A Humanities Online Reading Course
Session Six|13 JULY 2023|4-6pm (HKT)
Dr. Daisy Tam received her Ph.D. in Cultural Studies from Goldsmiths, University of London. Her research in urban food systems and critical cultural analysis on food waste is a theoretical and technical endeavour underpinned by an interest in ethical practices of care. She won the Fulbright Senior Scholar Award and undertook research at MIT in 2018-2019 where she developed Breadline - HK’s first public digital platform for food rescue. She collaborates closely with community organisations and works in an interdisciplinary and impact-driven manner.
Department of Humanities and Creative Writing
Hong Kong Baptist University
Dr. Turner's research explores the multispecies relationships between people, place and the environment (more-than-human) concentrating on how best to build the resilience and capacity of communities to enact more sustainable futures in a time of climate change. She has particular expertise in local food systems (including community food production, food rescue and food waste management) and understanding the impacts of everyday food interactions on human and planetary health and wellbeing. Conceptions of waste and practices of reuse and repair through community sharing projects are also current areas of focus.
Centre for Creative & Cultural Research
University of Canberra
1. Turner, B. and Tam, D. (2022) ‘Moving from Risky to Response-able Care’, Antipode. Wiley, 54(3), pp. 914–933. doi: 10.1111/anti.12804.
2. Reich, R. (2013) ‘Philanthropy and Caring for the Needs of Strangers’, Social Research, 80(2), pp. 517–539.
Mol, A. (2008). The Logic of Care: Health and the Problem of Patient Choice. New York and London: Taylor & Francis.
Tronto, J. C. (1987). Beyond Gender Difference to A Theory of Care. Signs: Journal of Women in Culture and Society, 12(4), 644-663. https://doi.org/10.1086/494360
Not all care work is equal within the framework of ethics of care. In this session, both readings deal with the act of giving, along with its often oversimplified relationship with charity. With all the giving done by both individuals and various organizations, every day and everywhere, how can we understand our giving better, so that we could perform it better?
Charitable giving only becomes a tax-subsidized activity in recent decades, compared with the long history of philanthropy. What justifications could there be for the provision of tax incentives for philanthropic giving? In “Philanthropy and Caring for the Need of Strangers”, Bob Reich tries to assess the tax incentives normatively and build a philosophical framework for thinking about the role of philanthropy in democratic societies. In the US., the largest organizational recipient of philanthropy is religious entities, for their facilities, operating costs, and staff salaries. Then education, health, and human services follow. Only a small percentage, one-third, according to a finding by the Indiana University Center for Philanthropy, of all charitable giving goes to the needy. This brings the idea of “Caring for the needs of strangers” to the discussion.
 Reich, R. (2013) ‘Philanthropy and Caring for the Needs of Strangers’, Social Research, 80(2), p518
-A Summary Review by Eric Feng
Reading & Discussion
Feel free to write down any questions or comments regarding the reading materials for Session 6 HERE.
"Once I received a text message from a volunteer asking if I had networks in Hong Kong's Sham Shui Po area, which is known as an impoverished area of Hong Kong. He'd like to find 10 grassroots kids and take them to a footing street to choose toys and stationery that they like. because these kids have limited resources and might not have the means to buy their own toys, or maybe they only get to play with secondhand. He'd like to give each child a budget of 10 Hong Kong dollars. And then finally the comment is, He'd like to see the smile on the faces of these above-mentioned individuals.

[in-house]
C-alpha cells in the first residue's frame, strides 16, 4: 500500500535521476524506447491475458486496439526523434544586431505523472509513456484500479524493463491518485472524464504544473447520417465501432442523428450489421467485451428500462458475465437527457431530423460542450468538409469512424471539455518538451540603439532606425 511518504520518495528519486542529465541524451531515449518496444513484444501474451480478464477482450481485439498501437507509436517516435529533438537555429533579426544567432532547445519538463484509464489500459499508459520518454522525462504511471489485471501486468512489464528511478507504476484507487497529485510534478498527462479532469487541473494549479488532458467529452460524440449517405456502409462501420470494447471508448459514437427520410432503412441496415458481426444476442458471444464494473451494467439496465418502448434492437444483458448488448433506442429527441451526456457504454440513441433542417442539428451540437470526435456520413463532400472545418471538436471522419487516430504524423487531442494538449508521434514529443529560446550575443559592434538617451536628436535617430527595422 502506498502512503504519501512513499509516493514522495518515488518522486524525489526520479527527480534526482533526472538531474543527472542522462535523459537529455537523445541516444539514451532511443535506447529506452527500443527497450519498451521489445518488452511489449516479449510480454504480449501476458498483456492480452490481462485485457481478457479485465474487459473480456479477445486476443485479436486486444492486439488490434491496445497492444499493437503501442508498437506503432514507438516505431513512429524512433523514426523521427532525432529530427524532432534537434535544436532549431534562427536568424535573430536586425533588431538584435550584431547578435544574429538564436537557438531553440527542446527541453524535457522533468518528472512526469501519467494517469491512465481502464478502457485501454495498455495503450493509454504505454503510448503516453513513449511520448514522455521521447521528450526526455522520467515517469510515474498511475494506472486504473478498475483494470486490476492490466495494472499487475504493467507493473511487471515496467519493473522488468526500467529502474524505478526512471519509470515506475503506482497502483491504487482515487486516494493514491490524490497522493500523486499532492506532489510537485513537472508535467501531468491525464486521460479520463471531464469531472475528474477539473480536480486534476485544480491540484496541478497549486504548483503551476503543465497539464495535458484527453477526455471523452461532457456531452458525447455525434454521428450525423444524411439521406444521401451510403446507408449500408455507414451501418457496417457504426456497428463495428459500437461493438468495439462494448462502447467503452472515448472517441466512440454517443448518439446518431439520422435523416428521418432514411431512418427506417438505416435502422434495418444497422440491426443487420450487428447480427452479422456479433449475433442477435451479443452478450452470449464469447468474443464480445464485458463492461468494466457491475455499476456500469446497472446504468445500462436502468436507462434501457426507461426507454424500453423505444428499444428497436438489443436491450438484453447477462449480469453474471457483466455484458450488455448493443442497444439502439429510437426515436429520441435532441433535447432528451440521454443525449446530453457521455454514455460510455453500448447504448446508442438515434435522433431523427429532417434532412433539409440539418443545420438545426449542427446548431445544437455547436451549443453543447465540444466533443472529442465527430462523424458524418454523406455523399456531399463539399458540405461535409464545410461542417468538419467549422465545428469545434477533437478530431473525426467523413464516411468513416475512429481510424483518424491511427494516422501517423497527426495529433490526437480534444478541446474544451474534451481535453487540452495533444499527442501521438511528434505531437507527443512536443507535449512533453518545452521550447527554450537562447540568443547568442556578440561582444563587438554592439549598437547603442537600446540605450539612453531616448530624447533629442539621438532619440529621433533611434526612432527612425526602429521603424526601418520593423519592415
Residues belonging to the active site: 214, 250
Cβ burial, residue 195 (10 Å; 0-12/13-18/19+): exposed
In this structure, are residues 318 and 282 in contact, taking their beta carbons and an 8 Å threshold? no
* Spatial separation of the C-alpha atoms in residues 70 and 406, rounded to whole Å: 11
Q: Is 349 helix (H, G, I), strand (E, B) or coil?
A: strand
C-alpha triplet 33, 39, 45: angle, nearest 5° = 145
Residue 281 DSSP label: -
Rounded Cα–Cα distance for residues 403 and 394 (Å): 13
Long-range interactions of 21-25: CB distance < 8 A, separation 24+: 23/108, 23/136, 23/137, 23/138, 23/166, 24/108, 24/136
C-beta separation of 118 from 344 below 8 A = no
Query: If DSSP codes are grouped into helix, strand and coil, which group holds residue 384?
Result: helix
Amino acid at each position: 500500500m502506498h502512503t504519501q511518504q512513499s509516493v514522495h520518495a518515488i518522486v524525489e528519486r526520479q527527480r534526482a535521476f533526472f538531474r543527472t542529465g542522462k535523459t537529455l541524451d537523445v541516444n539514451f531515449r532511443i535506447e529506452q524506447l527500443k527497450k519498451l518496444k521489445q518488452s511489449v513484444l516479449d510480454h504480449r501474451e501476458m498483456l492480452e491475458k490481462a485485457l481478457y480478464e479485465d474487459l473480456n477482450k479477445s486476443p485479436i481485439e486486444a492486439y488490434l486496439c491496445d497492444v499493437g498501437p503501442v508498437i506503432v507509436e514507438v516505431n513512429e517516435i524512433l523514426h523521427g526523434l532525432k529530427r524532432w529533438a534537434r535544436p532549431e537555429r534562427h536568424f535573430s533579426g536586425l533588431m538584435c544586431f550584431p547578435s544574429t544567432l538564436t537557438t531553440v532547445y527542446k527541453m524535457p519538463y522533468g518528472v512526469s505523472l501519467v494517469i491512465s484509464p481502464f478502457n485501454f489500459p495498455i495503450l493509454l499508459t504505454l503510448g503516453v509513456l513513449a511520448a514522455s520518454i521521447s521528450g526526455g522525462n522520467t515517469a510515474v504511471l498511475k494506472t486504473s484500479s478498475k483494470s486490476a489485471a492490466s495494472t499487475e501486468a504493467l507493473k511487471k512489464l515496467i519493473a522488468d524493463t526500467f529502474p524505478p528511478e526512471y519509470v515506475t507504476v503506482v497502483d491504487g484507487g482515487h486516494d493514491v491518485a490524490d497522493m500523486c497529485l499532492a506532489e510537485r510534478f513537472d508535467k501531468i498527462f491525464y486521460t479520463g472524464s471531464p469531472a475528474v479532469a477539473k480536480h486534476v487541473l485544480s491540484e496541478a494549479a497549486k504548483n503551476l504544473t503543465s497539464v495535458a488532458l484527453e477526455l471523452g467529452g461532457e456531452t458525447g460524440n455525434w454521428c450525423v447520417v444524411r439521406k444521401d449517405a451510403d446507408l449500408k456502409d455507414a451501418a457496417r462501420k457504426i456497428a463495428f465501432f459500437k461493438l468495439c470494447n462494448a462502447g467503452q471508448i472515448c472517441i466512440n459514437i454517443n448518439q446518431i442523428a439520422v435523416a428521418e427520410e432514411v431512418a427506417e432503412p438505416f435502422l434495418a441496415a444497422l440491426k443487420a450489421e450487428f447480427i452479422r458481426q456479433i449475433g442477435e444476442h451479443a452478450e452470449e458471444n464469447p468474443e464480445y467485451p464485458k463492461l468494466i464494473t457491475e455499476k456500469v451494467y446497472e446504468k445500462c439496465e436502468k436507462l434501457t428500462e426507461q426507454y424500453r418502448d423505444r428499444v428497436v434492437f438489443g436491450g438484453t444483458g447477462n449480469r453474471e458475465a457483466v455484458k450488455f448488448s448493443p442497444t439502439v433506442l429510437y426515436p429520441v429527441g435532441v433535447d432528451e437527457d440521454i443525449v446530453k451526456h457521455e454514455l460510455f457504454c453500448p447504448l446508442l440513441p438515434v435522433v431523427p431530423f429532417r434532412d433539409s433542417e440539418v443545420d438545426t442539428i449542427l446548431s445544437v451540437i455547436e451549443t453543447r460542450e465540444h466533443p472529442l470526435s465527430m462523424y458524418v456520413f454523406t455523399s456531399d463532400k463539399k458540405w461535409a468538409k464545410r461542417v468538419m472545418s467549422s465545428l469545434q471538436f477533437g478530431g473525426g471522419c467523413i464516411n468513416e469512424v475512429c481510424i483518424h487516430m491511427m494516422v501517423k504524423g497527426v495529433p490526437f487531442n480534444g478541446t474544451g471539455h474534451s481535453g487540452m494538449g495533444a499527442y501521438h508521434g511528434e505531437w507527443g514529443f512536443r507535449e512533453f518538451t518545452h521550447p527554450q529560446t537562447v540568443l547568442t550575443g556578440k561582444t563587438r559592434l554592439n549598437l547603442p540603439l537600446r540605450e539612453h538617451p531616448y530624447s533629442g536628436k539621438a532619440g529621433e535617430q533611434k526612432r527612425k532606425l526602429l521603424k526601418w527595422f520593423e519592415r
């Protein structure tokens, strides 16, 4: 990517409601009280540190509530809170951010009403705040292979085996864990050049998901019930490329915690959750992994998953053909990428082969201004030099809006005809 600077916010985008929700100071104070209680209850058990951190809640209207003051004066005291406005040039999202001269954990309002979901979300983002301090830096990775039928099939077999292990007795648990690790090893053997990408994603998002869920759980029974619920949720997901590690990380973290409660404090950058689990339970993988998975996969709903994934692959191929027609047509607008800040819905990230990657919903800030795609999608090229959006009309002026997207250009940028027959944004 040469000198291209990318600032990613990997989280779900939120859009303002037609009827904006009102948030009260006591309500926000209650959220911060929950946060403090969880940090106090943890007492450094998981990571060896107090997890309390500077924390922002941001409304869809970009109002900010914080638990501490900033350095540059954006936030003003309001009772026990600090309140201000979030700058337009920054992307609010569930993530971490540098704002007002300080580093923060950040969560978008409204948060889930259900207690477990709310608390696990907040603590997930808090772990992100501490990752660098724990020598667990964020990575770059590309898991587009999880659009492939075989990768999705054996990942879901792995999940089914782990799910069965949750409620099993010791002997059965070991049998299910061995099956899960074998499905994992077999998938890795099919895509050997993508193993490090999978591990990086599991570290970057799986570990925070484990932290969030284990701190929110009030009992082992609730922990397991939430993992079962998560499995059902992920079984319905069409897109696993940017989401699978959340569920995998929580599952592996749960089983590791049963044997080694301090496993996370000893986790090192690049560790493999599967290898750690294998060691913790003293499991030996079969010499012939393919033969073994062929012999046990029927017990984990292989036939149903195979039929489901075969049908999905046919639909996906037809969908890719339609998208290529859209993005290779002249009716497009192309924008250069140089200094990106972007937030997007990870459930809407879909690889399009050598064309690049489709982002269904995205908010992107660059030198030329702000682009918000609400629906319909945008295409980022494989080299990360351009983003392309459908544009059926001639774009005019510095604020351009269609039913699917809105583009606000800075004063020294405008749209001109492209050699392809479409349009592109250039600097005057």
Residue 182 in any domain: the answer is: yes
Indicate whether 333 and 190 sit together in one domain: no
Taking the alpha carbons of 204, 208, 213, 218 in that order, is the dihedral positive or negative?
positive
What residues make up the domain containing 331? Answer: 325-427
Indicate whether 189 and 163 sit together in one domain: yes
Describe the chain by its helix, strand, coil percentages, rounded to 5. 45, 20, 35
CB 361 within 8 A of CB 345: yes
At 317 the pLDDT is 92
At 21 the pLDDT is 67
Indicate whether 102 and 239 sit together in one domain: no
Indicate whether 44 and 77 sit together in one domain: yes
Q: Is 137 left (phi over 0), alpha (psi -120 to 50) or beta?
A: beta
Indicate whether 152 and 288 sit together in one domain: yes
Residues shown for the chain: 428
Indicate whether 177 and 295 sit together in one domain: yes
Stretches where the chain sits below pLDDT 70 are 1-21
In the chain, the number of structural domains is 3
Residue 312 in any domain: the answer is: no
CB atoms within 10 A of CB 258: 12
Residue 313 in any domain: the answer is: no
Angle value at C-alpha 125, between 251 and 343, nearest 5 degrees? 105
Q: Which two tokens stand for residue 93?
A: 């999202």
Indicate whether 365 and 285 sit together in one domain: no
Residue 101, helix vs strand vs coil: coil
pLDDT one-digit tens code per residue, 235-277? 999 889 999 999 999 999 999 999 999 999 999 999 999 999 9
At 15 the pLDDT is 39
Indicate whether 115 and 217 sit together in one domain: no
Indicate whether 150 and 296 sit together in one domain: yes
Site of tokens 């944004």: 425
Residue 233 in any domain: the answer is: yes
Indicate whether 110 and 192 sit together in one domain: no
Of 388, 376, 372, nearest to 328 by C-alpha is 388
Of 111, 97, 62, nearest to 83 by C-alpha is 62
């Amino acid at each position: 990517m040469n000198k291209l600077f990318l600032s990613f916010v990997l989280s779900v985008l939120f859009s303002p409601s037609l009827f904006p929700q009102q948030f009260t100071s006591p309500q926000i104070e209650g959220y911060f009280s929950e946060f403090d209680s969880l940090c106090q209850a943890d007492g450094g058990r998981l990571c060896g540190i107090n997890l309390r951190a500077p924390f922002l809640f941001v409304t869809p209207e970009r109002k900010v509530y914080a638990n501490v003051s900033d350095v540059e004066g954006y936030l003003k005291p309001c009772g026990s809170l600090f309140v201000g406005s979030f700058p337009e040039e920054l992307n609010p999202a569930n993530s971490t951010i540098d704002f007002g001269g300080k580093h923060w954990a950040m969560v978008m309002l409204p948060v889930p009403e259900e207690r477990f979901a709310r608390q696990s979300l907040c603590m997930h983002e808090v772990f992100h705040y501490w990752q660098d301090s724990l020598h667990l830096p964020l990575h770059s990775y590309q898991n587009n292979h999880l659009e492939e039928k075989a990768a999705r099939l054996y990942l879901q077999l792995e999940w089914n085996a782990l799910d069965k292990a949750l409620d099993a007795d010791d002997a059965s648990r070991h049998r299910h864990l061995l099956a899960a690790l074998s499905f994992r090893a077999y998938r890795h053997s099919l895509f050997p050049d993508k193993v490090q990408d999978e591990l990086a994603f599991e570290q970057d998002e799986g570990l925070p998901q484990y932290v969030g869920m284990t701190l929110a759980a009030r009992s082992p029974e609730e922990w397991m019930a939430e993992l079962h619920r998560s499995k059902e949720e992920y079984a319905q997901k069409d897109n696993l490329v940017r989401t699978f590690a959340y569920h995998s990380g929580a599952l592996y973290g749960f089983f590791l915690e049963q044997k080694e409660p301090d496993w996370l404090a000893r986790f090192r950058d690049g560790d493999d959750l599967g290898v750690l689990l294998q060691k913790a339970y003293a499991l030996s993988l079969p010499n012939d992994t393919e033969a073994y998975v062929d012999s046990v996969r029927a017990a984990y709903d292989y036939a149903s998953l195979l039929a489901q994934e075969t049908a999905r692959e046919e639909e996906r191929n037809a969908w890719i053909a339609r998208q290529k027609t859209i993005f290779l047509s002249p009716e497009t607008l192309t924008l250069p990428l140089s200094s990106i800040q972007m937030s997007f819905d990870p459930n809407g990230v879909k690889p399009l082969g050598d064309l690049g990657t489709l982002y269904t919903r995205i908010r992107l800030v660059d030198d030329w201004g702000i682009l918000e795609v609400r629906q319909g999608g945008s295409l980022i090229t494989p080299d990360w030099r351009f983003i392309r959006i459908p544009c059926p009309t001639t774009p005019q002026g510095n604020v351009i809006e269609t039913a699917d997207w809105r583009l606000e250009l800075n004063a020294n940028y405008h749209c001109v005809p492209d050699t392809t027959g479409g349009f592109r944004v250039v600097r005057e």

These acts of compassion are very common representations of charity. These acts of charity are taught in schools through stories like the Good Samaritan. Free giving equates to helping. and this kind of performance of benevolence is commonly confounded with narratives of care. As if this is the way to care for the poor as this is the way to care for the environment. Care has to be not a narrative but placed in practice. The problem is the kind of subjectivity, the volunteer expressing himself as someone who is a rational, independent, autonomous individual. unconnected to those he seeks to help and the volunteer is also driven by a sense of morality, that charity is a moral imperative. The giver has to be benevolently giving without receiving anything in return from the receiver. This benevolence assumes a kind of power and balances that the receiver should adopt a sense of gratefulness."
“An ethic grounded in voice and relationships, in the importance of everyone having a voice, being listened to carefully and heard with respect.” -Carol Gilligan, in Ethics of Care🌱🌍
✨🌟This session was a captivating exploration of care in food flow 🍽️ and philanthropy. One of the key takeaways was the examination of “risky care” arising from the acts of compassion, goodwill, and benevolence within the charity work that contain conflicting motivations or processes. Particularly, our session leaders, Dr. Daisy Tam, and Dr. Bethaney Turner, have contextualized these concepts by introducing their frontline food-rescuing work in HK (especially Breadline🥖) and Canberra, and led us to think about “response-able care”🙌. From the fundamental right to food to the discussion of materiality, relationality, and receptivity within the narratives of care, we are compelled to rethink better forms of donor care 🤝.
💖Again, a heartfelt thank you to our amazing session leaders for enriching our understanding of another realm of care.